allotment.  Payments are generally intended to equal the related 
obligation. However, when payments total either more or less than the 
amount obligated, the allotment is adjusted.  The allotment balance is 
increased if the total payment is less than the amount obligated and 
is reduced if the total payment is more than amount obligated.[3]  The 
allotment balance should reflect the actual amount of payments charged 
to the allotment, and thus also charged to the appropriation.  These 
budgetary accounting procedures are intended to ensure that government 
agencies and officials comply with the limits on their authority to 
spend funds as set forth in appropriation acts.[4]
Appropriations are available only for the objects or purposes for 
which they are made, 31 U.S.C.  1301(a) (1994), which means that they 
are available for all expenses reasonably necessary to accomplish 
those objects or purposes.  (58 Comp. Gen. 667 (1979)).  The fact that 
money is paid out of the Treasury does not mean that the expenditure 
is a proper charge against an appropriation.  When it is discovered 
that improper payments are made under a recorded obligation, agencies 
will institute actions to recover the improper payments from the 
recipient.  The questions presented here concern the proper accounting 
for amounts recovered, or determined to be uncollectible, by the 

Deposit Requirements

As a general rule all funds received for the use of the United States 
must be deposited in the general fund of the Treasury to the credit of 
the appropriate receipt account,[5] unless deposit to the credit of an 
appropriation or other fund account is authorized by law.  31 U.S.C.  
3302 (1994).  One exception to this rule is that an agency may retain 
receipts that qualify as "refunds".  Refunds may be deposited to the 
credit of the appropriation against which the payment was charged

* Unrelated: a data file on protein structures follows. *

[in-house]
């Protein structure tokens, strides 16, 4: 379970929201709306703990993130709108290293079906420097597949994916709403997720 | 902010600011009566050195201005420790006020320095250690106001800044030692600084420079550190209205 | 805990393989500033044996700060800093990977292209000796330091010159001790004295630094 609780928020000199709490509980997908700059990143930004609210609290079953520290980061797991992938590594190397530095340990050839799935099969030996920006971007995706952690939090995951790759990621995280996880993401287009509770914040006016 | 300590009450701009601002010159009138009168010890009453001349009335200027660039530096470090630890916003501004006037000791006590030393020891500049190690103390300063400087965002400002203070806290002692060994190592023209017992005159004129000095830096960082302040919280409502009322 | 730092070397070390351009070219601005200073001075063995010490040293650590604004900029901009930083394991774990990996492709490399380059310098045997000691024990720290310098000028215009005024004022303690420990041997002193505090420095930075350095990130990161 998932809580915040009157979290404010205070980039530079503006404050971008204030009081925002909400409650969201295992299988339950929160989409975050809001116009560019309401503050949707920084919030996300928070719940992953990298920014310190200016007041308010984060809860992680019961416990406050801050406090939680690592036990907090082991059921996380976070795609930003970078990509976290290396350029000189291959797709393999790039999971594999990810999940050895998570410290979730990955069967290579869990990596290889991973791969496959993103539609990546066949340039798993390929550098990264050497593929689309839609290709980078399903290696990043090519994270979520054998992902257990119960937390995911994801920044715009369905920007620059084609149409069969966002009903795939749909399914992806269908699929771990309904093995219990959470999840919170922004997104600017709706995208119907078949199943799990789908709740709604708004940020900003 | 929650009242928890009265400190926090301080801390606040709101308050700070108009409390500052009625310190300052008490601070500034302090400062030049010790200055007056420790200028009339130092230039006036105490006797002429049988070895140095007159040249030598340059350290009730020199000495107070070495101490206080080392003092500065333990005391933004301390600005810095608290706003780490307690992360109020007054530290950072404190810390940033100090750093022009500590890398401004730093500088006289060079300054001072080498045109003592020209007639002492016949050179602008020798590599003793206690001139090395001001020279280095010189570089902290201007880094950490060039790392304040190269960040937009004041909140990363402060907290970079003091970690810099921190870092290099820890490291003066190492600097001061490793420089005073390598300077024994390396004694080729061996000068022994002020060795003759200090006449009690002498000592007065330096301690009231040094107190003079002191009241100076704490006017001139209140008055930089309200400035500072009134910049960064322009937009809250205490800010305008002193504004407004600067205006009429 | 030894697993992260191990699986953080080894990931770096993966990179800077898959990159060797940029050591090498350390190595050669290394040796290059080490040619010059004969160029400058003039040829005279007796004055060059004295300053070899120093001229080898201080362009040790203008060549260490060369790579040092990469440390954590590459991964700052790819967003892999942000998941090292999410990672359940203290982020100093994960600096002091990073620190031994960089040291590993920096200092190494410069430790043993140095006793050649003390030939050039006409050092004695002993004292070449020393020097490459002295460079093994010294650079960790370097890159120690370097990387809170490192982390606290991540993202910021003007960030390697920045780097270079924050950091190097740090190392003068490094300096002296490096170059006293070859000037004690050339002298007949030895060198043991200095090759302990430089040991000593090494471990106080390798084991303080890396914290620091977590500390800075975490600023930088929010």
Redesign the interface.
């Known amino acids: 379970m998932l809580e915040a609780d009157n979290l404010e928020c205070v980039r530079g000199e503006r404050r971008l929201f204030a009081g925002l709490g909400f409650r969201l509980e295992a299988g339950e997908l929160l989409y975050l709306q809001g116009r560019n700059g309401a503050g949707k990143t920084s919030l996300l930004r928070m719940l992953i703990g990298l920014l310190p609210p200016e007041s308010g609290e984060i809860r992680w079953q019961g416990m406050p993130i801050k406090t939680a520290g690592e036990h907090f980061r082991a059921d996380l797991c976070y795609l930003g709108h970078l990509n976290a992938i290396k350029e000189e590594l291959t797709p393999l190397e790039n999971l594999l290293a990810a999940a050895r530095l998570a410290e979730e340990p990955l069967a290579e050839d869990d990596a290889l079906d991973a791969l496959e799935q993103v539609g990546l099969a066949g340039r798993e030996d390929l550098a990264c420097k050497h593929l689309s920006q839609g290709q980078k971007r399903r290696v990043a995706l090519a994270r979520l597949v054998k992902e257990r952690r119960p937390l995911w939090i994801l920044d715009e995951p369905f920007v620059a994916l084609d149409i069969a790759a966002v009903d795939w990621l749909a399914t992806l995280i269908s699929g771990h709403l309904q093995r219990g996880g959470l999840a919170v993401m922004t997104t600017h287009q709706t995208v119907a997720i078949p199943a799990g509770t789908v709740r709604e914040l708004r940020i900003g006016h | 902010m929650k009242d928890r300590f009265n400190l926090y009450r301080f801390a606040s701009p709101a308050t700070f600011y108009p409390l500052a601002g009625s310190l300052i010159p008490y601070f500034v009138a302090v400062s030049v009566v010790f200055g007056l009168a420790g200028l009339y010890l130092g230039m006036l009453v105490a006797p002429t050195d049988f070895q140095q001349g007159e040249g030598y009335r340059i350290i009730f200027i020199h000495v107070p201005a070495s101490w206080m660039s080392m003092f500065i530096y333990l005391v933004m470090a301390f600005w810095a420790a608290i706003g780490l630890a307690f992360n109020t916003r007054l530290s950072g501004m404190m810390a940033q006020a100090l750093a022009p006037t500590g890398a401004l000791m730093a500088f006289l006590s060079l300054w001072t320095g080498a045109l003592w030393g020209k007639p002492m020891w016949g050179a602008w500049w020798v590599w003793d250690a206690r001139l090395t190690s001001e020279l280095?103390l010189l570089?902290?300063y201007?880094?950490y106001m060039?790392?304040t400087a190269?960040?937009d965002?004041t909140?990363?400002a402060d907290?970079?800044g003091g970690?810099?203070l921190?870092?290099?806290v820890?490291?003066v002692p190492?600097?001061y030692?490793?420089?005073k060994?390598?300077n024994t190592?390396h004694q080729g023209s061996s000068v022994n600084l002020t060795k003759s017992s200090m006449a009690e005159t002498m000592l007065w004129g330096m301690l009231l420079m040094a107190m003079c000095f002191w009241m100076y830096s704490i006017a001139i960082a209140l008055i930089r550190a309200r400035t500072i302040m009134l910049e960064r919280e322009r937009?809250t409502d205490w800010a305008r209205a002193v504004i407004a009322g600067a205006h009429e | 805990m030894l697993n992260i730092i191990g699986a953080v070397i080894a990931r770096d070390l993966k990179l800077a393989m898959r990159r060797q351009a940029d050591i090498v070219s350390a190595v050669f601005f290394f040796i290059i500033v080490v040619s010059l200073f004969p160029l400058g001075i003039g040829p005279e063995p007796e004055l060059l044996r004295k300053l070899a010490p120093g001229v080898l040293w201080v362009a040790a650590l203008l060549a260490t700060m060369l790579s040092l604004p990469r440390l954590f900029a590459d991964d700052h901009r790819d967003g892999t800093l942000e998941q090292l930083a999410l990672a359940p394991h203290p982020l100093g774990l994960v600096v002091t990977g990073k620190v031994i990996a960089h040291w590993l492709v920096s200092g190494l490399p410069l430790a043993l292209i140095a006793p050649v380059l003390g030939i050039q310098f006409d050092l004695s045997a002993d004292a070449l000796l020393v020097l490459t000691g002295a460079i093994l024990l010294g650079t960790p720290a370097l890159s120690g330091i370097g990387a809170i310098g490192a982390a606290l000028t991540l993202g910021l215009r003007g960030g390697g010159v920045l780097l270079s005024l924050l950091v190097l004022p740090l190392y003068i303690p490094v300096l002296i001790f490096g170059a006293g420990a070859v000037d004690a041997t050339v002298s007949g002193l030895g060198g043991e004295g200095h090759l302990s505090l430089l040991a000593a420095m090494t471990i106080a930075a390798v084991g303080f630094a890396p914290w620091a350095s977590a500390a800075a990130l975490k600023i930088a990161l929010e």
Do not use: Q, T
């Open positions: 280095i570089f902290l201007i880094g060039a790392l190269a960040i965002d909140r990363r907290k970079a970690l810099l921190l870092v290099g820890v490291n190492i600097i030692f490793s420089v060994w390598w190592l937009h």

rather than to a general fund receipt account.  If the appropriation 
account charged with the payment has expired, but has not yet closed, 
the refund is deposited to the credit of the expired account where it 
is available for recording or adjusting obligations properly incurred 
before the appropriation expired.  71 Comp. Gen. 502, 504-507 (1992); 
B-217913.2, Feb. 19, 1993.[6]  Once the appropriation account has been 
closed, refunds should be deposited to the general fund of the 
Treasury to the credit of the appropriate miscellaneous receipt 
account.  31 U.S.C.  1552(b) (1994).[7]  Thus, in theory, the 
unobligated balance of the appropriation account after the refund 
should be what it would have been had the amount of the obligation 
covered by the refund not been improperly paid.
"Refunds" are returns of advances, collections for over payment made, 
adjustments for previous amounts disbursed, or recovery of erroneous 
disbursements from appropriation or fund accounts that are directly 
related to, and are reductions of, previously recorded payments from 
the accounts.  See, GAO, Policy and Procedures Manual for Guidance of 
Federal Agencies (GAO-PPM), title 7,  5.4, (TS 7-43,    May 18, 
1993), 31 U.S.C.  1552(b).[8]  Recoveries of payments made under a 
fraudulent contract that have been, and remain, charged to an 
allotment/appropriation account under the CIA's accounting records, 
constitute "refunds."  The recovered payments may be deposited to the 
credit of the allotment/appropriation against which the payments 
previously were charged since they are recoveries of improper 
disbursements that are directly related to a previously recorded 
payment from the allotment/appropriation account.

Accounting for Receivable Write Off

If recovery cannot be made from an individual who has received an 
"overpayment,"  the responsible certifying, disbursing or other 
accountable official of the government is personally liable for 
repayment unless relieved of liability under one of several provisions 
of law.  See, e.g., 31 U.S.C.  3527, 3528 (1994).[9]  If relief is